US watchdog prohibits interactions with Tornado Cash
The US Treasury Department added Ethereum’s most popular mixing protocol Tornado Cash to its Specially Designated Nationals and Blocked Persons List (SDN), essentially banning all US citizen and entities from using the mixing service or interacting with any wallet addresses tied to the protocol.
According to regulators, many cybercriminals have used Tornado Cash to launder money, including the North Korean Lazarus Group — tied to the $625 million hack of Axie Infinity’s Ronin Network.
The news raised serious concerns in the crypto space as the US watchdog didn’t sanction individual addresses tied to criminal activities, but rather prohibited all US individuals from interacting with open source software. The new ban also means that all US persons have to ensure they do not interact with addresses that used Tornado Cash, which can push people to prefer centralized custodial platforms over self-custodial wallets.
While US sanctions sent a strong message to all users of privacy protocols, Tornado Cash was specifically designed in such a way that it cannot be turned off. Tornado Cash is a non-custodial service with open source UI that uses immutable smart contract on the permissionless Ethereum blockchain.
However, the service will clearly experience temporary infrastructure problems due to reliance on centralized services. Following the ban, project’s website went down, GitHub page and accounts of its contributors have been deleted, Infura and Alchemy blockchain API providers started blocking RPC requests to Tornado Cash, and stablecoin issuer Circle has frozen 75,000 USDC belonging to protocol’s users.
Ethereum co-founder Vitalik Buterin has publicly admitted using Tornado Cash when donating to Ukraine.
Yuga Labs to get a cut from each Meebits sale
Yuga Labs announced a 5% royalty on the Meebits collection, meaning that the company will get 5% from each NFT sale on the secondary market (OpenSea, LooksRare).
The Meebits collection has been created by Larva Labs, a well-known company in the NFT space for the creation of the CryptoPunks profile picture (PFP) collection released in June 2017 that reached nearly 70 ETH floor price and over 3 billion market capitalization in January 2022, according to NFTGO.
Yuga Labs has acquired brands and intellectual property (IP) rights of Meebits and CryptoPunks from Larva Labs earlier in March. Following the acquisition, the company has promised to grant the commercial rights of all CryptoPunks and Meebits images to their respective NFT holders in a similar way like the company did with its other collections.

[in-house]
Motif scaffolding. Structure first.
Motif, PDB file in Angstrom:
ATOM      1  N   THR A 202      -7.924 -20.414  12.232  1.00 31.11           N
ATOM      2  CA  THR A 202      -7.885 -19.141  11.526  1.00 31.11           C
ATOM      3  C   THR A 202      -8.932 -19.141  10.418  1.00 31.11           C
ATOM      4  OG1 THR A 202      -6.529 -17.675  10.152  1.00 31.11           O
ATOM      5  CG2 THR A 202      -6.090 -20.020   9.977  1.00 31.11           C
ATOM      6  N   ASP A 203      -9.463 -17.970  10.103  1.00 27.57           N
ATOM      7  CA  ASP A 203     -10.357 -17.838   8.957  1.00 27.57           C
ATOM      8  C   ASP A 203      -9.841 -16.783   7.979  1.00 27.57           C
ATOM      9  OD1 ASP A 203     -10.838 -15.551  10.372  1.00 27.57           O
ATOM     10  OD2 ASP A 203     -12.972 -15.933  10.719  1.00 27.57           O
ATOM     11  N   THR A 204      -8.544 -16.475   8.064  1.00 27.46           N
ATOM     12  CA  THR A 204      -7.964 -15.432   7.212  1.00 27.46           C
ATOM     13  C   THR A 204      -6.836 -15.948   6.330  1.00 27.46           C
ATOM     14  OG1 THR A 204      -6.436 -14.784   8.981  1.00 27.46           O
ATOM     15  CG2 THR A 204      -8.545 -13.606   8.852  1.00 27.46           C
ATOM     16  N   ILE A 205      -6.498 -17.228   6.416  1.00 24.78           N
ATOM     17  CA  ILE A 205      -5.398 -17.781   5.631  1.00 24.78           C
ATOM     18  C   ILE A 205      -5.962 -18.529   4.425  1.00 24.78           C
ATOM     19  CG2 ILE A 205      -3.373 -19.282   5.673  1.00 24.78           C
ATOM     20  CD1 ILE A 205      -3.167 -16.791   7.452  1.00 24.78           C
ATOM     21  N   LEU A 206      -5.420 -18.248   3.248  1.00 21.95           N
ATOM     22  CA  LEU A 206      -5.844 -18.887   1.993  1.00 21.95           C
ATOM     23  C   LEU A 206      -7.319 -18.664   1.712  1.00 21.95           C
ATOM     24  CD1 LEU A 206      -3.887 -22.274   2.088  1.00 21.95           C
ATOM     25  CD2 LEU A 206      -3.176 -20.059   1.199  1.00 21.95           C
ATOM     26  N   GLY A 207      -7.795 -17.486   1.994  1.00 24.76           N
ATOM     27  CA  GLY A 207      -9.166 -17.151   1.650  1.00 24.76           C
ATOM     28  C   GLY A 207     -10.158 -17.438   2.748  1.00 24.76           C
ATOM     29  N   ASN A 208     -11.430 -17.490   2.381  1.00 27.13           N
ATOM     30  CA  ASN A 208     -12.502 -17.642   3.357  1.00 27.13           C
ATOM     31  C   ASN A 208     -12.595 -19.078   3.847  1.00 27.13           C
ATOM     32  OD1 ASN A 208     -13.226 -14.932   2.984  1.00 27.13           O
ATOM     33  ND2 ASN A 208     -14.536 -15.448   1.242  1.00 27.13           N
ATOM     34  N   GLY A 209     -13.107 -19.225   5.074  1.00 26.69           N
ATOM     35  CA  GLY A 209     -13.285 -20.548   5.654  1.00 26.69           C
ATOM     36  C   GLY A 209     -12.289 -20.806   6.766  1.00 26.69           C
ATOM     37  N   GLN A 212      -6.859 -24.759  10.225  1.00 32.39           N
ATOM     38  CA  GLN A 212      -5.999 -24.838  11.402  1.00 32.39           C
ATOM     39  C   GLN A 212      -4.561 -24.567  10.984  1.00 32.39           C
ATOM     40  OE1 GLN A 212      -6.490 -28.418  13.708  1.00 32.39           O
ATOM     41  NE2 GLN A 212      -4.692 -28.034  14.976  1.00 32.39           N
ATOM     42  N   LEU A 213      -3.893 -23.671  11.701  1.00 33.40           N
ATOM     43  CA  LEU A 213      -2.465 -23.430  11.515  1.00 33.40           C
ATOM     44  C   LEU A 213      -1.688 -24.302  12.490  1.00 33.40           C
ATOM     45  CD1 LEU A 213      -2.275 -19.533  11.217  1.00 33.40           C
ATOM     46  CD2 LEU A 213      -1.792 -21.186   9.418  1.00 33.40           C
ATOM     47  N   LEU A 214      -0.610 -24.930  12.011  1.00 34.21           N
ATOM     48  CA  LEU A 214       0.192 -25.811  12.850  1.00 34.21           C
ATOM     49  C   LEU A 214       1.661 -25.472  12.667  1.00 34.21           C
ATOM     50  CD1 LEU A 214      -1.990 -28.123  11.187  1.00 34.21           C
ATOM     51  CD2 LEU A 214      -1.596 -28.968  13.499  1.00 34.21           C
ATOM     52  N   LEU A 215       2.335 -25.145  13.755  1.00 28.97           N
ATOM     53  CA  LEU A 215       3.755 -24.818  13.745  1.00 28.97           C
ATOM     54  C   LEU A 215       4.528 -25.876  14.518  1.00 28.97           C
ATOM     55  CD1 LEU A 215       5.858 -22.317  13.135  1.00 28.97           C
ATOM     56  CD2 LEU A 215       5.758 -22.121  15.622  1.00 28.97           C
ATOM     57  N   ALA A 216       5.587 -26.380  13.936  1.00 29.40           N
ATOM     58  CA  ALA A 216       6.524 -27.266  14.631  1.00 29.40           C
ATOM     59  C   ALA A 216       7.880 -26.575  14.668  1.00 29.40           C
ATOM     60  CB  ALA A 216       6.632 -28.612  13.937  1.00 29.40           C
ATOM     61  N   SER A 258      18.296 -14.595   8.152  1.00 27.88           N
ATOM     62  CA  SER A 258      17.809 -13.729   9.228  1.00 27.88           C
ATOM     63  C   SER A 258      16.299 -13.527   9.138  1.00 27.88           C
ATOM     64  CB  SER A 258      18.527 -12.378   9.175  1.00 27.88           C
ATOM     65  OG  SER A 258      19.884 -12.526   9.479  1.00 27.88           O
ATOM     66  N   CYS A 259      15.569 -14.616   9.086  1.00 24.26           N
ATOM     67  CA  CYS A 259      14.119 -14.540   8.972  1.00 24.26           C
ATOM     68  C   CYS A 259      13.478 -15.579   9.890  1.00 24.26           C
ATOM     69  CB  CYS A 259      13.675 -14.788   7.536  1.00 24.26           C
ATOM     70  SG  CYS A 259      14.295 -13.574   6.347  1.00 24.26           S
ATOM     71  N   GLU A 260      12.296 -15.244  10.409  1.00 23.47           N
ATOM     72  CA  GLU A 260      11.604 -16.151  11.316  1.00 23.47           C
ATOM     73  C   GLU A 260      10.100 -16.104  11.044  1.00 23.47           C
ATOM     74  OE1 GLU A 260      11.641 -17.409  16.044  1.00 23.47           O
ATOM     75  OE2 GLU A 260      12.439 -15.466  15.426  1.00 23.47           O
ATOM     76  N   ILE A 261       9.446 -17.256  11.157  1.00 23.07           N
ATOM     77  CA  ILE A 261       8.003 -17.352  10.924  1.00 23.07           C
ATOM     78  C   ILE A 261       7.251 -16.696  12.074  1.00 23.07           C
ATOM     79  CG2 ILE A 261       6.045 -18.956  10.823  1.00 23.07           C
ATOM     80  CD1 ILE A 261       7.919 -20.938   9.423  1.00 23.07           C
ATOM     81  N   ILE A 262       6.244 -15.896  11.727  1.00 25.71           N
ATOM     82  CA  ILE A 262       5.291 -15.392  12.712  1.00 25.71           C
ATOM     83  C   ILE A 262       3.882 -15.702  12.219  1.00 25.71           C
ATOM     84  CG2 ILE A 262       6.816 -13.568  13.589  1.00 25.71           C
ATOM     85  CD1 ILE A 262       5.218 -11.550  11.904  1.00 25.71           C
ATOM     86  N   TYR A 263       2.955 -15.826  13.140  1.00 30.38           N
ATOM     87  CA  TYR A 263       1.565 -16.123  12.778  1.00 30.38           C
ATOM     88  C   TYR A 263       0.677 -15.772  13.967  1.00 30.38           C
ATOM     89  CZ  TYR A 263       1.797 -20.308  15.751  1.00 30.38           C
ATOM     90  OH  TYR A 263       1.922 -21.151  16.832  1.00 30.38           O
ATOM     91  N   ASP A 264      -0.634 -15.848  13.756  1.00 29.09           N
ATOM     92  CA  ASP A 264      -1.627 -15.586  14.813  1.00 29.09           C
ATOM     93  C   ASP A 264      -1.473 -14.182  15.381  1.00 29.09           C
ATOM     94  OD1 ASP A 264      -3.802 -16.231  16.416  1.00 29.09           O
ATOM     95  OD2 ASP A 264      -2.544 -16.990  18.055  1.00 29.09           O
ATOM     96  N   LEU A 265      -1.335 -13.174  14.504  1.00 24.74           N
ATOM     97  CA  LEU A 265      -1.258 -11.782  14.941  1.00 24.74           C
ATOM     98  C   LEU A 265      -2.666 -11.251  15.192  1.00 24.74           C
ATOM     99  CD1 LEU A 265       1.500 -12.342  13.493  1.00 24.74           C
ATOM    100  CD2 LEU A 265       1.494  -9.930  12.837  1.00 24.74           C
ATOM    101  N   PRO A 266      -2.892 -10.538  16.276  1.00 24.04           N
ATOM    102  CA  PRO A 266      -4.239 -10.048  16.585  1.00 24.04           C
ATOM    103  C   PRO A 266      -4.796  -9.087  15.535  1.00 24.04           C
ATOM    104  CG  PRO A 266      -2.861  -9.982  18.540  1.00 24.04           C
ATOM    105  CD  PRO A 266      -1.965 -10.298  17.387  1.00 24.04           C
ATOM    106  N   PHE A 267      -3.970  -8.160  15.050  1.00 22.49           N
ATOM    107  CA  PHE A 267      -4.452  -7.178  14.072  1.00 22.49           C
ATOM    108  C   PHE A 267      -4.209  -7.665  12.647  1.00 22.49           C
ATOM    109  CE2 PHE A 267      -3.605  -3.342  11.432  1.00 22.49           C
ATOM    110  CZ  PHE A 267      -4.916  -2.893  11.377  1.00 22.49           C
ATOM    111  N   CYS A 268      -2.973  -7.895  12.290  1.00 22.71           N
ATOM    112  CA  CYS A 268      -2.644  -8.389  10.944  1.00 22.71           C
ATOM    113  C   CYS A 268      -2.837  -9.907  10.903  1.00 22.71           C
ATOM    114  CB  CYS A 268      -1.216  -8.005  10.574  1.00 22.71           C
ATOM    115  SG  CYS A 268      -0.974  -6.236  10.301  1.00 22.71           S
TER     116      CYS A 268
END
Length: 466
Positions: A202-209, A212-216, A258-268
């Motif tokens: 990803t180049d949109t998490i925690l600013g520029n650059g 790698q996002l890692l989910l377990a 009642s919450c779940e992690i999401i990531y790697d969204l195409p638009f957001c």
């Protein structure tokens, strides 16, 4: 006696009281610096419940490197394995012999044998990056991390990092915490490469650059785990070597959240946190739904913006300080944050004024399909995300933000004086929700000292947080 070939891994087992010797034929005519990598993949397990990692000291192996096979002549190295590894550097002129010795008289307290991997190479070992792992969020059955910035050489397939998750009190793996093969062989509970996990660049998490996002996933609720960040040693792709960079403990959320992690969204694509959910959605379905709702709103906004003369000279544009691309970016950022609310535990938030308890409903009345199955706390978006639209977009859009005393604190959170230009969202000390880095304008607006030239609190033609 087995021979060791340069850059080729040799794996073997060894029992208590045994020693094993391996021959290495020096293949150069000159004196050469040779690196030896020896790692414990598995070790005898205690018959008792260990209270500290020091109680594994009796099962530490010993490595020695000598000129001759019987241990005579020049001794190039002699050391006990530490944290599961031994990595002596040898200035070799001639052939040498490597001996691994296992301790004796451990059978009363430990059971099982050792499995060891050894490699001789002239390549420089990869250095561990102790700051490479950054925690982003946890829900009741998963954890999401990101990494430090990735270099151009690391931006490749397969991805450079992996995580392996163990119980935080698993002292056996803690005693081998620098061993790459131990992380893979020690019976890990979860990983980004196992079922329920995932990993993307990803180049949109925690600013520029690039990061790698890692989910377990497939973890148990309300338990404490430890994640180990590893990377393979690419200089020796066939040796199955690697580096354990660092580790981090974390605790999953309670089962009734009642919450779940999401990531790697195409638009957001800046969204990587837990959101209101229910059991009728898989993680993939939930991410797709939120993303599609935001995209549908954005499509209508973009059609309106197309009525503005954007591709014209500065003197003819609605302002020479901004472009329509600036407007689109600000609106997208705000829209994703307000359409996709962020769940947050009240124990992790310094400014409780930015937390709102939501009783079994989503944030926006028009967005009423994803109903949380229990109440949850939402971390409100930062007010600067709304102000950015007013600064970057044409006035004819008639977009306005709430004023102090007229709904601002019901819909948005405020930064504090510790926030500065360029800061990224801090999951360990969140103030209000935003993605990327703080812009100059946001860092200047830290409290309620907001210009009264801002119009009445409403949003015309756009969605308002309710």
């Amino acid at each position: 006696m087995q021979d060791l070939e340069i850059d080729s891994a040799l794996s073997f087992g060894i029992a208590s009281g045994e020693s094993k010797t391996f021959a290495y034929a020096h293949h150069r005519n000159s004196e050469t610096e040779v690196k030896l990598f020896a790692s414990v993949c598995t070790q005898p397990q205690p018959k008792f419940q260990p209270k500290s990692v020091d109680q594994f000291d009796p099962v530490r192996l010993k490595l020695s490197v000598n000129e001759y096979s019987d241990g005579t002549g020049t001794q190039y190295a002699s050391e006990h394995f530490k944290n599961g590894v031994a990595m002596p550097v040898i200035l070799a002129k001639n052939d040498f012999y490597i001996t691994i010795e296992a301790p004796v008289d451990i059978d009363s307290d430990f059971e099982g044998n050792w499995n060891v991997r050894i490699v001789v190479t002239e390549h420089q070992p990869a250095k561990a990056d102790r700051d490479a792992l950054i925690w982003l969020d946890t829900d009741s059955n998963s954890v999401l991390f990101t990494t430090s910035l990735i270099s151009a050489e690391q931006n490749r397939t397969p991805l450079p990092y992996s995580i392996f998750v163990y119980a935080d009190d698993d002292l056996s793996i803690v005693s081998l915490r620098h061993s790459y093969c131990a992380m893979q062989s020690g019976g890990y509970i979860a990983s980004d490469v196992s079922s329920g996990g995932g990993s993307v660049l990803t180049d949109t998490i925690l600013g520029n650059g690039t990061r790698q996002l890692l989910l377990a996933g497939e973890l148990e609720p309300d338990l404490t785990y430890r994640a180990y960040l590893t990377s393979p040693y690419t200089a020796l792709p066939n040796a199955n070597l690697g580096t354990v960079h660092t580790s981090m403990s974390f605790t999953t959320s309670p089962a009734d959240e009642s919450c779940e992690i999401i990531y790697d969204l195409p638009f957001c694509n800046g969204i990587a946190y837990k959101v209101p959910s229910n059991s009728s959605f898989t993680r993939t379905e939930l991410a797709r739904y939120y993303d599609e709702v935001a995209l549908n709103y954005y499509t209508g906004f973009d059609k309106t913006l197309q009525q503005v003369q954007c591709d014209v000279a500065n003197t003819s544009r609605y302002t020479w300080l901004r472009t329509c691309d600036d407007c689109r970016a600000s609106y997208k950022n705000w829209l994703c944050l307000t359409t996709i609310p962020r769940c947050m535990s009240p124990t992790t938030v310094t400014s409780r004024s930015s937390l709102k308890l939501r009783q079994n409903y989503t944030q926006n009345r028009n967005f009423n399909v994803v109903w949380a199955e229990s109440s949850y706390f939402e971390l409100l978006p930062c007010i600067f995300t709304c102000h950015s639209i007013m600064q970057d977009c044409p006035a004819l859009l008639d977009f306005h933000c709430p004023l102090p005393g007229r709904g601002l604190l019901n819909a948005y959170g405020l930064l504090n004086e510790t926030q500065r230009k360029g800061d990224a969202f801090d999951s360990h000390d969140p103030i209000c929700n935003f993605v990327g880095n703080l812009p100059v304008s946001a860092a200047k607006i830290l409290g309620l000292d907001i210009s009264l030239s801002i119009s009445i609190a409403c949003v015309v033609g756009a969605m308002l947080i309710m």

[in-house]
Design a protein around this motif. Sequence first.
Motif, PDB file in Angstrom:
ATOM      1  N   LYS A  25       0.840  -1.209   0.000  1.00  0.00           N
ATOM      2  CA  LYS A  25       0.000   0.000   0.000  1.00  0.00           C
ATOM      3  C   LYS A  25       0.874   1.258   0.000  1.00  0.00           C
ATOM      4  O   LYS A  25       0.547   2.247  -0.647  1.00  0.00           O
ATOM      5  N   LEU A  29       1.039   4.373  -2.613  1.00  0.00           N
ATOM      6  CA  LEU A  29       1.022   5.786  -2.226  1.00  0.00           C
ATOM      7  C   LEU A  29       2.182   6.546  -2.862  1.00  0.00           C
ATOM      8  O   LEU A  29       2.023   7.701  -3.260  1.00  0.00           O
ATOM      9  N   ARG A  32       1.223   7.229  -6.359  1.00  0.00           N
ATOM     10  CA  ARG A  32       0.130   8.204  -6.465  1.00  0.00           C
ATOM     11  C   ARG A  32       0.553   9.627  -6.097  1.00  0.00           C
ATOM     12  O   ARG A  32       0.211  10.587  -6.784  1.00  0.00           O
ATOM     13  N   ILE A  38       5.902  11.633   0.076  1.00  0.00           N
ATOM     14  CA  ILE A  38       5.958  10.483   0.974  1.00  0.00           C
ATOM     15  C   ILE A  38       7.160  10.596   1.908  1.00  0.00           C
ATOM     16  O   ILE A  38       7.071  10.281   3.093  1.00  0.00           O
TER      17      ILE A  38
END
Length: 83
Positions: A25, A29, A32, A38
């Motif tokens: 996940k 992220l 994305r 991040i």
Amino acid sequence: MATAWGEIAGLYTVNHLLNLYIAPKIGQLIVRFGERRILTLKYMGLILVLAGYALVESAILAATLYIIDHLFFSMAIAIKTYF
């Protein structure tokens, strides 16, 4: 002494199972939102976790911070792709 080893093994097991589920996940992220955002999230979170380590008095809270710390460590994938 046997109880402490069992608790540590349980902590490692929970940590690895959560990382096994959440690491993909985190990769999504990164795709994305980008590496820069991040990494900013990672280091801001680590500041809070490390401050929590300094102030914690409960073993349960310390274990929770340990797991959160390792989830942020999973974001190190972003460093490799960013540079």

They also raised $450M this year in a funding round led by a16z with projected revenue of $539M in 2022, according to a leaked pitch deck. Since the company didn’t meet its revenue goals with land sales of the Overside metaverse project through the primary market, it has to find alternative revenue streams.
The introduction of royalties to the Meebits collection has generated very polarized opinions. On the one hand, the company needs to get a cut from secondary sales in order to channel those funds into the brand development. On the other hand, a unilateral decision to introduce royalties without any DAO vote goes against principles of decentralization. In order to circumvent the royalties, some NFTs traders suggested to switch to zero fee marketplaces with a built-in feature to voluntarily tip creators during the sale.
NFTs from Yuga Labs’ most famous creation Bored Apes Yacht Club (BAYC) have been acquired by many celebrities and featured in the latest Eminem and Snoop Dogg video clip, despite accusations of the collection containing hidden alt-right memes and inside jokes.
In other news
The Lido DAO has voted to sell 10 million LDO — or 1% of the LDO token supply from the DAO treasury — to venture firm Dragonfly Capital with a 1-year lockup period. The previous proposal to diversify the treasury got rejected because it didn’t include any lockup period.
A security vulnerability has been discovered in cross-chain bridge Nomad, leading to multiple exploits by various parties that resulted in a total loss of $190 million. Following the incident, the team managed to recover $22 million by offering a 10% white-hat bounty for returning the stolen funds.
Due to low security standards of the Slope wallet, nearly 8,000 Solana addresses lost their funds to the total of about $4 million worth of SOL, USDC, and other Solana-based tokens. The exploit was possible because seed phrases passed to Slope’s server were stored in the unencrypted plain text format.
Layer-1 blockchain NEAR Protocol disclosed a data breach that included SMS and email addresses used as recovery options in its wallet.